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The first presentation will demonstrate how an integrated and systematic approach to predicting scaling potential was used to appropriately monitor and manage scale during unconventional production. The next case study will show how computational fluid dynamics modelling helped on the Nova Field to significantly improve scale inhibitor squeeze placement in an open hole horizontal with large reservoir pressure differences along the well, through the application of non-Newtonian fluids and inflow control devices. Finally, a study involving the comparison of carbonate scaling tendency and scavenging ability of six different H2S scavengers will show that chemistries are available that scavenge efficiently and do not increase carbonate scaling tendency.
World demand for energy is substantial and continues to grow. By 2020, it is expected that the world will need approximately 40% more energy than today, for a total of 300 million barrels of oil-equivalent energy every day. Meeting higher energy demands will require a portfolio of energy-generation options including but not limited to oil, natural gas, coal, nuclear, steam, hydro, biomass, solar and wind.
New horizons are being explored. Wells are drilled in greater water depths. Drilling units are continually upgraded to target deeper hydrocarbon-bearing zones. Wellbore tubular metallurgy is continually upgraded. Drilling, completion and stimulation fluids are being developed for extreme temperature and pressure environments.
As the preferred technology to enhance "oilfield" energy production, well stimulation has and will continue to have an important role in fulfilling the world's future energy needs. Well stimulation generally uses fluids to create or enlarge formation flow channels, thereby overcoming low permeability, as in "tight?? formations, and formation damage, which can occur in any formation type. A common and very successful stimulation option, matrix acidizing, utilizes acids that react to remove mineral phases restricting flow. Depending on the formation and acid type, flow is increased by removing pore-plugging material; or by creating new or enlarged flow paths through the natural pore system of the rock. However, higher-temperature environments present a challenge to matrix acidizing effectiveness. High temperatures can negatively affect stimulation fluid properties and certain acid reactions. Thus, careful fluid choice and treatment designs are critical to successful high-temperature matrix acidizing.
With proper fluid selection, design, and execution, matrix acidizing can be applied successfully to stimulate high-temperature oil & gas wells and geothermal wells. These types of wells have some common features, but they also have significant differences (e.g., completions, mineralogy, formation fluids and formation flow) that influence stimulation designs and fluid choices.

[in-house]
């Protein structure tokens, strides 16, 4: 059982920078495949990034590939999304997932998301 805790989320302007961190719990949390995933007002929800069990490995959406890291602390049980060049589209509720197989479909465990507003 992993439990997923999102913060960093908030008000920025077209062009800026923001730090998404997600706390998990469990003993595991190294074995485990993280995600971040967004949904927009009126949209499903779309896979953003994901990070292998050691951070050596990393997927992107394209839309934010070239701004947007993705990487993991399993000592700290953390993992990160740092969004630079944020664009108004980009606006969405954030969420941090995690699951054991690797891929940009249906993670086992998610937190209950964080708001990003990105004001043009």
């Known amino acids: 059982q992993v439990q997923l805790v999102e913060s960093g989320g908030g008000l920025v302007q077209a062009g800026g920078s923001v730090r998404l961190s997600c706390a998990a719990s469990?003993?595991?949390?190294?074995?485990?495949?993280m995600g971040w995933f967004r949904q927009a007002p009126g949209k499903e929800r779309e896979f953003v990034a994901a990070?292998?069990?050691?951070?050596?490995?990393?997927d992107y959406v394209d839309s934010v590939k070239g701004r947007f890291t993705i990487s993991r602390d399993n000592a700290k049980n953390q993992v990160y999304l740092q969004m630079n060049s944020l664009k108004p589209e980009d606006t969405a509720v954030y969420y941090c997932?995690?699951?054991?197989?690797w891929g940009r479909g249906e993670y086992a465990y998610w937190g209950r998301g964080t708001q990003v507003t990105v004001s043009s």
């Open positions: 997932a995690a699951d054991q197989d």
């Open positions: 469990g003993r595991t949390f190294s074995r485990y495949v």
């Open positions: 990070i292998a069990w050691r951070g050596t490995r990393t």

This paper summarizes best practices for designing matrix acidizing treatments and choosing stimulation fluids for high-temperature oil & gas wells and geothermal wells. Included are case histories from Central America. Lessons learned about differences and commonalities between stimulation practices in these well types are also discussed.
Hydrochloric acid (HCl) is the acid of choice for acidizing operations in most carbonate formations and is the base acid commonly paired with others such as hydrofluoric (HF) in most sandstone applications. However, high dissolving power, high corrosion rate, lack of penetration, and sludging tendency coupled with high temperature can make HCl a poor choice. Alternatively, weaker and less corrosive chemicals such as organic acids can be used instead of HCl to avoid these issues. The objective of this paper is to provide an intensive review on recent advancements, technology, and problems associated with organic acids. The paper focuses on formic, acetic, citric, and lactic acids.
This review includes various laboratory evaluation tests and field cases which outline the usage of organic acids for formation damage removal and dissolution. Rotating disk apparatus results were reviewed to determine the kinetics for acid dissolution of different minerals. Additional results were collected from solubility, corrosion, core-flooding, Inductively Coupled Plasma (ICP), X-Ray Diffraction (XRD), and Scanning Electron Microscope Diffraction (SEM) tests.
Due to their retardation performance, organic acids have been used along with mineral acids or as a stand-alone solution for high-temperature applications. However, the main drawback of these acids is the solubility of reaction product salts. In terms of conducting dominant wormhole tests and low corrosion rating, organic acids with low concentrations show good results. Organic acids have also been utilized in other applications. For instance, formic acid is used as an intensifier to reduce the corrosion rate due to HCl in high-temperature operations. Acetic and lactic acids can be used to dissolve drilling mud filter cakes. Citric acid is commonly used as an iron sequestering agent.
This paper shows organic acid advances, limitations, and applications in oil and gas operations, specifically, in acidizing jobs. The paper differentiates and closes the gap between various organic acid applications along with providing researchers an intensive guide for present and future research.